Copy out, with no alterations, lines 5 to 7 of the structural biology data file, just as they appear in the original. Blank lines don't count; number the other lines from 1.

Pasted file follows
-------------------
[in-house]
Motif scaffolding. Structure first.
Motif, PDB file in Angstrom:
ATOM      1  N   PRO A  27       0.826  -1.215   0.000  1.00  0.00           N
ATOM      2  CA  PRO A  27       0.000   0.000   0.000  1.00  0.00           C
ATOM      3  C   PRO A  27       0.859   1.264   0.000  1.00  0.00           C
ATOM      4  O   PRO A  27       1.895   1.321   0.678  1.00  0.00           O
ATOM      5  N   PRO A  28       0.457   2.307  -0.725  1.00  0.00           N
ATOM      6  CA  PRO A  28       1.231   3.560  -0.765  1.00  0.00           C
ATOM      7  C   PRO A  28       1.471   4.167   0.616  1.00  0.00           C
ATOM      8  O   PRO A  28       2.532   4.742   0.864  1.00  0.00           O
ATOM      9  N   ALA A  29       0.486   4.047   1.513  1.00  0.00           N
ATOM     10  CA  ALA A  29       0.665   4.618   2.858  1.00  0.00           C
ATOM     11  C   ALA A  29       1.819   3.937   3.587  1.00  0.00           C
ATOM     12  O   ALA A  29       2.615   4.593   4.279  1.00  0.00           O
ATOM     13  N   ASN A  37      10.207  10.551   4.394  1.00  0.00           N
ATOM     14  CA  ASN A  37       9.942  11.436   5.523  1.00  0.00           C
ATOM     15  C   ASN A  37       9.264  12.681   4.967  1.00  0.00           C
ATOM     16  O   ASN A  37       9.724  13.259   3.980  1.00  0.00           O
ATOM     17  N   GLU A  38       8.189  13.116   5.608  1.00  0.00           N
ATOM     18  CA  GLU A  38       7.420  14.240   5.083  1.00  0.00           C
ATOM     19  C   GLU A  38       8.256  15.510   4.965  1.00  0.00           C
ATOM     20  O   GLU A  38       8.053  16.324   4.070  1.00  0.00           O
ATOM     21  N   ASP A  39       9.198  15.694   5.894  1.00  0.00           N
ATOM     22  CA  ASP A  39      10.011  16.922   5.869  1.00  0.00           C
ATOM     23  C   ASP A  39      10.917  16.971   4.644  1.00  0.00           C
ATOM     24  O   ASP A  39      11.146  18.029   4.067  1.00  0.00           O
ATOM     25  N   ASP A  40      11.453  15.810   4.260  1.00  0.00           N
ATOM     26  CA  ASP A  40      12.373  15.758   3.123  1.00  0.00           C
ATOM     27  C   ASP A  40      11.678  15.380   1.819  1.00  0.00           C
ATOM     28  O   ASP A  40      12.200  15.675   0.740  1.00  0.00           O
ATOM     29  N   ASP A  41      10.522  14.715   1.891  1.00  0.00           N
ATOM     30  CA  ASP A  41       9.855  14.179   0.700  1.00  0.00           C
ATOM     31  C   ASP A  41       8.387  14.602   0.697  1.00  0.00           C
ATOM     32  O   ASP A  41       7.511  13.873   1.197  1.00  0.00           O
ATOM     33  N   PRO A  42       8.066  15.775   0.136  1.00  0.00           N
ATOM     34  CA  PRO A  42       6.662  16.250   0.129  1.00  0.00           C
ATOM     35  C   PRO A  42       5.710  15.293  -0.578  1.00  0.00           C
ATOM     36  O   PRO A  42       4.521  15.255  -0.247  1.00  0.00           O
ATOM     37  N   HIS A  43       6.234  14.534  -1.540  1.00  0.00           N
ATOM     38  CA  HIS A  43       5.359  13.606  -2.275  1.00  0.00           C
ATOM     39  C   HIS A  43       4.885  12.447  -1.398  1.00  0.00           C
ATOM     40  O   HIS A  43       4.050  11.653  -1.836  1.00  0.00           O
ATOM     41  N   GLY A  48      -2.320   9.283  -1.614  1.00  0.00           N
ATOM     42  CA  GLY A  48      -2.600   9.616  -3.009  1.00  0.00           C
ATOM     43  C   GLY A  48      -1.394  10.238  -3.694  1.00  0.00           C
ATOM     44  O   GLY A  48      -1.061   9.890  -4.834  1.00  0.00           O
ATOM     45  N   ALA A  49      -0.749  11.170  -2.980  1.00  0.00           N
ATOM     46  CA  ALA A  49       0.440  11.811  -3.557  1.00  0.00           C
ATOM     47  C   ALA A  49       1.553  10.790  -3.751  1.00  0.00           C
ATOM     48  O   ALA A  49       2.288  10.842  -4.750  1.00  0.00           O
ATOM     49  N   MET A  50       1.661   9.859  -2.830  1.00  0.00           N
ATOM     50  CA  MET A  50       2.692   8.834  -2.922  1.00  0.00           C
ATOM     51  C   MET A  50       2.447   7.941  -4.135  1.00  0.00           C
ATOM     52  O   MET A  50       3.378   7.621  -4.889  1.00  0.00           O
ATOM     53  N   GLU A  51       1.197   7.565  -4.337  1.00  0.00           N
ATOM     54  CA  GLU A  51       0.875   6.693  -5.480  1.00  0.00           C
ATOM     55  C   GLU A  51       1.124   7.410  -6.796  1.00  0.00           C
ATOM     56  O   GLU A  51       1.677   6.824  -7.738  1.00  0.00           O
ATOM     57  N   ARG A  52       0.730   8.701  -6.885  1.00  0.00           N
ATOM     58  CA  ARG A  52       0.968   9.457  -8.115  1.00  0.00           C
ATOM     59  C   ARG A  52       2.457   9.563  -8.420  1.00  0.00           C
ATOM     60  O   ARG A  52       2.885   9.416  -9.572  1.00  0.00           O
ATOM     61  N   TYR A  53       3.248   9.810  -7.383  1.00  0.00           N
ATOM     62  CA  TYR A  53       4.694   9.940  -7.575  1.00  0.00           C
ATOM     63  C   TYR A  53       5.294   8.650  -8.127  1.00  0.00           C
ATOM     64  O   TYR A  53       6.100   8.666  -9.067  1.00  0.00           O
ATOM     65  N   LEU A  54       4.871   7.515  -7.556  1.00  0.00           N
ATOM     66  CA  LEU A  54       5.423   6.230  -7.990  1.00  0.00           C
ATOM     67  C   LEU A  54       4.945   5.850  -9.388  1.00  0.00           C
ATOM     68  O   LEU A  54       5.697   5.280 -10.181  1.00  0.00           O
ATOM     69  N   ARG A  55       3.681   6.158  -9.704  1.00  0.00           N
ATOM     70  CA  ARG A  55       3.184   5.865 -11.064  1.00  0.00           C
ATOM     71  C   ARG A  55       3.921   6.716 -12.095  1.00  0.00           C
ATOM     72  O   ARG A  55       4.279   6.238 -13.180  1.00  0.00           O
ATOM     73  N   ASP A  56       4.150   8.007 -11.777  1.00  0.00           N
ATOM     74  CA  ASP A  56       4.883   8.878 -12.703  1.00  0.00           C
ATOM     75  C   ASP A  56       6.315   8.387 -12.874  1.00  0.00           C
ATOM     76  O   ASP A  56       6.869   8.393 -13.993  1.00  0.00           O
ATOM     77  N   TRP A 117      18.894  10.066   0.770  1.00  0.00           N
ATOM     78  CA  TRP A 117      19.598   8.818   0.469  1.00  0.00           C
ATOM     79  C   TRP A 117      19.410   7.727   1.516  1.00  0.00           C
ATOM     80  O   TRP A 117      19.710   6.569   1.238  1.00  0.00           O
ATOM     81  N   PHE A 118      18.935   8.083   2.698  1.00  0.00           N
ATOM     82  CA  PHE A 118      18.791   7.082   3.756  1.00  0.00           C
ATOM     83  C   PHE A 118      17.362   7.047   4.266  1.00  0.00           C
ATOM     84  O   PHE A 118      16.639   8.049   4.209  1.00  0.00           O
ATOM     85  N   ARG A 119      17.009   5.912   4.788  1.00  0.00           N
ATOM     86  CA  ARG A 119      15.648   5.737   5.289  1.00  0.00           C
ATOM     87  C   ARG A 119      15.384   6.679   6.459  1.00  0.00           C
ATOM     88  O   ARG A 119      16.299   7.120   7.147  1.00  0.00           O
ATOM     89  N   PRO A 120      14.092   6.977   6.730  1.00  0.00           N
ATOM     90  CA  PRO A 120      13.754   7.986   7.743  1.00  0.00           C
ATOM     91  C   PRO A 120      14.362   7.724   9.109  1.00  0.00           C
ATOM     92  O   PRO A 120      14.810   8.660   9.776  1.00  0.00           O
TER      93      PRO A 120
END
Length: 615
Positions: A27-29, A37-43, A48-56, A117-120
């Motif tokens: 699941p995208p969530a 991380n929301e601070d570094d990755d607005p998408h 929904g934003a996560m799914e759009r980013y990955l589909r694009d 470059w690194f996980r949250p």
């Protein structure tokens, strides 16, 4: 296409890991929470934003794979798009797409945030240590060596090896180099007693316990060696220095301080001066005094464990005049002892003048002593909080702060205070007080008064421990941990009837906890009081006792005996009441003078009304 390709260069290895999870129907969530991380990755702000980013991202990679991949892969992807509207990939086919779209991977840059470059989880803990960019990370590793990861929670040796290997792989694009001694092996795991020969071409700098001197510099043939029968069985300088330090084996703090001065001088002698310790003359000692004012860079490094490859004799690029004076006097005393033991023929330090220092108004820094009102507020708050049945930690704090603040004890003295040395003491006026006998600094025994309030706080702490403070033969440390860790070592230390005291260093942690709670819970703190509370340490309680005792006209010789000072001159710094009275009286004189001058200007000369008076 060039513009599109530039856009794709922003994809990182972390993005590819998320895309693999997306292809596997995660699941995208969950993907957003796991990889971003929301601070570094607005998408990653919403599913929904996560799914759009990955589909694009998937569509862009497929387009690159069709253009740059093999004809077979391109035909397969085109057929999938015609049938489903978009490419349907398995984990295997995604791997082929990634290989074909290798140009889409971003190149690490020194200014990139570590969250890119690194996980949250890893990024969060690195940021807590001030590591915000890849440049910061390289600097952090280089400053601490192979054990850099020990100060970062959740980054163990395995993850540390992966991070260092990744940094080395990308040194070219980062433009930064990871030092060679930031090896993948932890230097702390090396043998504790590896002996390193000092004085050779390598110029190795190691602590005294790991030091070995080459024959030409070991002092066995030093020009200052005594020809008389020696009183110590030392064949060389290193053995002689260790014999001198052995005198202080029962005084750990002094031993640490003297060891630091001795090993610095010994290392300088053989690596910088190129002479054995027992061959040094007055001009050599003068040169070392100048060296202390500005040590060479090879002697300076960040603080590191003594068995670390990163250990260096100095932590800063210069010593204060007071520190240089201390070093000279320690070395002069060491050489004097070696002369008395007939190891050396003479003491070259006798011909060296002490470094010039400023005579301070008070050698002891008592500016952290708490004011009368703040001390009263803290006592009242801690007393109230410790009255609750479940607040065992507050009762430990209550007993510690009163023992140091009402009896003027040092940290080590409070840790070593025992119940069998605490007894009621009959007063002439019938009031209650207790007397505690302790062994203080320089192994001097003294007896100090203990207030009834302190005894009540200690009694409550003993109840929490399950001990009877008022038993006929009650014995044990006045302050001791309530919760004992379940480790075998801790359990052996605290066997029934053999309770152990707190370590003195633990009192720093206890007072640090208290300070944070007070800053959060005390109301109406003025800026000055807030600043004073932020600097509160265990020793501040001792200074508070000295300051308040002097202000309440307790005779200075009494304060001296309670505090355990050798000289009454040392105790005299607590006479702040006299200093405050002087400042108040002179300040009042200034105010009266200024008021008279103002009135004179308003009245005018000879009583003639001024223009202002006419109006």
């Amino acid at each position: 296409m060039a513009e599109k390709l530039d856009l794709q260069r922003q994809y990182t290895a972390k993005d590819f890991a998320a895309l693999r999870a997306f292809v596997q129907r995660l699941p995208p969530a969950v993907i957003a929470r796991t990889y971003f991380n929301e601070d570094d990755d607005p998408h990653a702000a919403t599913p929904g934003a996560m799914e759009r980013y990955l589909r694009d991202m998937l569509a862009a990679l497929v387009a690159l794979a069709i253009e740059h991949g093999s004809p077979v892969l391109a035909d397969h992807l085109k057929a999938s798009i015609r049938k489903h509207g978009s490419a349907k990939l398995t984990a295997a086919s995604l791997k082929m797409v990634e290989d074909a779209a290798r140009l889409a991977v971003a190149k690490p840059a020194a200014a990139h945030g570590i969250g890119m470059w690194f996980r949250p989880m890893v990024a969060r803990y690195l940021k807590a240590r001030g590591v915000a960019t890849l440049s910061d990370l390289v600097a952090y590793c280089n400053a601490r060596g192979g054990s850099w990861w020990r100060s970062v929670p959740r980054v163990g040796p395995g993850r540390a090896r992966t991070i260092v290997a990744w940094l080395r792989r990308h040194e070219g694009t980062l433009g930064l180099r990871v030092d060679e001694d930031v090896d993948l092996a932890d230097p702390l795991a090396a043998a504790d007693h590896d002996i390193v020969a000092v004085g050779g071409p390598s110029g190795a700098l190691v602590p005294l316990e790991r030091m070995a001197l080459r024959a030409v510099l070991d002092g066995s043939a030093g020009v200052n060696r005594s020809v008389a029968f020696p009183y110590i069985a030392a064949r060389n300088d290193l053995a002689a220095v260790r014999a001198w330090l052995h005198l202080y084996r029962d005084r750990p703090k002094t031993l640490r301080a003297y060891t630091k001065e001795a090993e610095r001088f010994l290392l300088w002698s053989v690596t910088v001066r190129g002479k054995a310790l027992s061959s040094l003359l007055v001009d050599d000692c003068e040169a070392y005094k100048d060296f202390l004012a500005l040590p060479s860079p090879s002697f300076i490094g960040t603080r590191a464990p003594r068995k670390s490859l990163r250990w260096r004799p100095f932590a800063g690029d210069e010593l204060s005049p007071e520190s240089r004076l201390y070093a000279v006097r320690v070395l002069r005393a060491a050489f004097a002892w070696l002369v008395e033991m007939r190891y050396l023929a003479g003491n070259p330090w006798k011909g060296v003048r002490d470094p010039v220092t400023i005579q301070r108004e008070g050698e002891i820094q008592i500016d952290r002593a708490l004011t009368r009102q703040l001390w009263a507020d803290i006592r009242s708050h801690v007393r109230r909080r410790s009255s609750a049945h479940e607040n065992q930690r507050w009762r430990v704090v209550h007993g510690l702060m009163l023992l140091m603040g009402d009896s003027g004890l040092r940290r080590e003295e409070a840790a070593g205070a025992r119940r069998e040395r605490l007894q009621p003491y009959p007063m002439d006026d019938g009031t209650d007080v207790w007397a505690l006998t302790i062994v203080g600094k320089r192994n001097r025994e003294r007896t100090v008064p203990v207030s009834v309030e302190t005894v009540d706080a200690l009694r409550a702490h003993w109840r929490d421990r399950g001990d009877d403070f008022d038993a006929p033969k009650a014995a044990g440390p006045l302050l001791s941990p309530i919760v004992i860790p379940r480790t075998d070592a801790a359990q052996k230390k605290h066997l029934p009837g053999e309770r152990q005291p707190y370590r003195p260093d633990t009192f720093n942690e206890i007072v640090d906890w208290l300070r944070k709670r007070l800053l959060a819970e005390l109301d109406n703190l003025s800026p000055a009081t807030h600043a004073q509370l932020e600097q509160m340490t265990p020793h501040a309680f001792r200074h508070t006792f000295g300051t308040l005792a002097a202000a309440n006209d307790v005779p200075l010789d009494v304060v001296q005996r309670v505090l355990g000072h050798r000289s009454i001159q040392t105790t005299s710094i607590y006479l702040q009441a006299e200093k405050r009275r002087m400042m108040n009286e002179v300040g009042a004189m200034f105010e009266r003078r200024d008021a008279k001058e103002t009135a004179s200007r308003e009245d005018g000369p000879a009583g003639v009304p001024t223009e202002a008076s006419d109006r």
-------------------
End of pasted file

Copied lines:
ATOM      2  CA  PRO A  27       0.000   0.000   0.000  1.00  0.00           C
ATOM      3  C   PRO A  27       0.859   1.264   0.000  1.00  0.00           C
ATOM      4  O   PRO A  27       1.895   1.321   0.678  1.00  0.00           O